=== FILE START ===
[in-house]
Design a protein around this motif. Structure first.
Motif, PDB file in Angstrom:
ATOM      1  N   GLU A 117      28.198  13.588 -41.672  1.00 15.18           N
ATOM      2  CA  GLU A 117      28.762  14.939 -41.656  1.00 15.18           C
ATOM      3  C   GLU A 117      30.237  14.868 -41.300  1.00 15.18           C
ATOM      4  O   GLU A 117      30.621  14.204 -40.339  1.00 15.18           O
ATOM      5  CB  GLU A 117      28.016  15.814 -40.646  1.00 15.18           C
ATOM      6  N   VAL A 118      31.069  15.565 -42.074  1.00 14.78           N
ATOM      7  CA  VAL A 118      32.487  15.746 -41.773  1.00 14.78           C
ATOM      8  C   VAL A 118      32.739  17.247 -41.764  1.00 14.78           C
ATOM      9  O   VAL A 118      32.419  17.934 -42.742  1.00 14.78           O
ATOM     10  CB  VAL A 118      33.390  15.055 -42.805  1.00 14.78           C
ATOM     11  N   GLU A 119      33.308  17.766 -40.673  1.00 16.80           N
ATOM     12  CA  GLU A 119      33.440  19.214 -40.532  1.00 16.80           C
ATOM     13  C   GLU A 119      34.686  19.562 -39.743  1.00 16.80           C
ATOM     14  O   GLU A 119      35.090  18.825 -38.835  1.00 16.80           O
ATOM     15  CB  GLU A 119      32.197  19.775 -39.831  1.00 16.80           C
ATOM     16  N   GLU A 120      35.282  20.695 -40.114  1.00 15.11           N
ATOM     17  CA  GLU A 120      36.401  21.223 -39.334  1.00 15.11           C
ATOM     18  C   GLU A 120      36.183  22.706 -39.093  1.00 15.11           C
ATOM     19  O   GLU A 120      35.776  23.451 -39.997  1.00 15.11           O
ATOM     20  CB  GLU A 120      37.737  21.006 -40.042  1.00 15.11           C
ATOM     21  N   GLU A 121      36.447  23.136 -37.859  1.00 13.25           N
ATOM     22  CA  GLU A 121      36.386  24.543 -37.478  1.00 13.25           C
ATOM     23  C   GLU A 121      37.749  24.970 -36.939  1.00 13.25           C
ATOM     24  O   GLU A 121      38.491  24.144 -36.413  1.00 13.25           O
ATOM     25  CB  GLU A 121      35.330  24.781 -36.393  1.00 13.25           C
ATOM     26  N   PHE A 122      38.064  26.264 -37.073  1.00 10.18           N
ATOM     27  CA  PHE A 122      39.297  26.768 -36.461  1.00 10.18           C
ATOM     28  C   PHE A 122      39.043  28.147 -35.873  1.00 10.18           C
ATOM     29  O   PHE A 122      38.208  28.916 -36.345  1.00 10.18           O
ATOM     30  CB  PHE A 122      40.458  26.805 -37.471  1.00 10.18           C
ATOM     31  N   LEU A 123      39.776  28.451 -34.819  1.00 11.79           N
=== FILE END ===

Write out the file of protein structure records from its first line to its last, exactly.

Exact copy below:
[in-house]
Design a protein around this motif. Structure first.
Motif, PDB file in Angstrom:
ATOM      1  N   GLU A 117      28.198  13.588 -41.672  1.00 15.18           N
ATOM      2  CA  GLU A 117      28.762  14.939 -41.656  1.00 15.18           C
ATOM      3  C   GLU A 117      30.237  14.868 -41.300  1.00 15.18           C
ATOM      4  O   GLU A 117      30.621  14.204 -40.339  1.00 15.18           O
ATOM      5  CB  GLU A 117      28.016  15.814 -40.646  1.00 15.18           C
ATOM      6  N   VAL A 118      31.069  15.565 -42.074  1.00 14.78           N
ATOM      7  CA  VAL A 118      32.487  15.746 -41.773  1.00 14.78           C
ATOM      8  C   VAL A 118      32.739  17.247 -41.764  1.00 14.78           C
ATOM      9  O   VAL A 118      32.419  17.934 -42.742  1.00 14.78           O
ATOM     10  CB  VAL A 118      33.390  15.055 -42.805  1.00 14.78           C
ATOM     11  N   GLU A 119      33.308  17.766 -40.673  1.00 16.80           N
ATOM     12  CA  GLU A 119      33.440  19.214 -40.532  1.00 16.80           C
ATOM     13  C   GLU A 119      34.686  19.562 -39.743  1.00 16.80           C
ATOM     14  O   GLU A 119      35.090  18.825 -38.835  1.00 16.80           O
ATOM     15  CB  GLU A 119      32.197  19.775 -39.831  1.00 16.80           C
ATOM     16  N   GLU A 120      35.282  20.695 -40.114  1.00 15.11           N
ATOM     17  CA  GLU A 120      36.401  21.223 -39.334  1.00 15.11           C
ATOM     18  C   GLU A 120      36.183  22.706 -39.093  1.00 15.11           C
ATOM     19  O   GLU A 120      35.776  23.451 -39.997  1.00 15.11           O
ATOM     20  CB  GLU A 120      37.737  21.006 -40.042  1.00 15.11           C
ATOM     21  N   GLU A 121      36.447  23.136 -37.859  1.00 13.25           N
ATOM     22  CA  GLU A 121      36.386  24.543 -37.478  1.00 13.25           C
ATOM     23  C   GLU A 121      37.749  24.970 -36.939  1.00 13.25           C
ATOM     24  O   GLU A 121      38.491  24.144 -36.413  1.00 13.25           O
ATOM     25  CB  GLU A 121      35.330  24.781 -36.393  1.00 13.25           C
ATOM     26  N   PHE A 122      38.064  26.264 -37.073  1.00 10.18           N
ATOM     27  CA  PHE A 122      39.297  26.768 -36.461  1.00 10.18           C
ATOM     28  C   PHE A 122      39.043  28.147 -35.873  1.00 10.18           C
ATOM     29  O   PHE A 122      38.208  28.916 -36.345  1.00 10.18           O
ATOM     30  CB  PHE A 122      40.458  26.805 -37.471  1.00 10.18           C
ATOM     31  N   LEU A 123      39.776  28.451 -34.819  1.00 11.79           N